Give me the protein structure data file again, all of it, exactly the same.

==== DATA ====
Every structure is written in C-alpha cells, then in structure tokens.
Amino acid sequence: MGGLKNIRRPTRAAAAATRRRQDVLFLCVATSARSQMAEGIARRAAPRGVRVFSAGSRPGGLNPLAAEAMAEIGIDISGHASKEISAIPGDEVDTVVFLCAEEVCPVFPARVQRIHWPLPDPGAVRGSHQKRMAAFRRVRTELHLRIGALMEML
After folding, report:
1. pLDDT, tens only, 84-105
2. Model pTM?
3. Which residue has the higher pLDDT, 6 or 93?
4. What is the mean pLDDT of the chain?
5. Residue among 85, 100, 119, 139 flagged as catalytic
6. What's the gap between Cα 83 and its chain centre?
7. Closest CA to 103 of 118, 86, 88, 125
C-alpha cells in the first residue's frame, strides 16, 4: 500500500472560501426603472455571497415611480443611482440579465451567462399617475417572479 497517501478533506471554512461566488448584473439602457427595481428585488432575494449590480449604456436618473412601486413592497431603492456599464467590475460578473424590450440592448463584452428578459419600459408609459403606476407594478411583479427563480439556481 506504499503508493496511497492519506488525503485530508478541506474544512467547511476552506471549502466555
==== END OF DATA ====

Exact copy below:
Every structure is written in C-alpha cells, then in structure tokens.
Amino acid sequence: MGGLKNIRRPTRAAAAATRRRQDVLFLCVATSARSQMAEGIARRAAPRGVRVFSAGSRPGGLNPLAAEAMAEIGIDISGHASKEISAIPGDEVDTVVFLCAEEVCPVFPARVQRIHWPLPDPGAVRGSHQKRMAAFRRVRTELHLRIGALMEML
After folding, report:
1. pLDDT, tens only, 84-105
2. Model pTM?
3. Which residue has the higher pLDDT, 6 or 93?
4. What is the mean pLDDT of the chain?
5. Residue among 85, 100, 119, 139 flagged as catalytic
6. What's the gap between Cα 83 and its chain centre?
7. Closest CA to 103 of 118, 86, 88, 125
C-alpha cells in the first residue's frame, strides 16, 4: 500500500472560501426603472455571497415611480443611482440579465451567462399617475417572479 497517501478533506471554512461566488448584473439602457427595481428585488432575494449590480449604456436618473412601486413592497431603492456599464467590475460578473424590450440592448463584452428578459419600459408609459403606476407594478411583479427563480439556481 506504499503508493496511497492519506488525503485530508478541506474544512467547511476552506471549502466555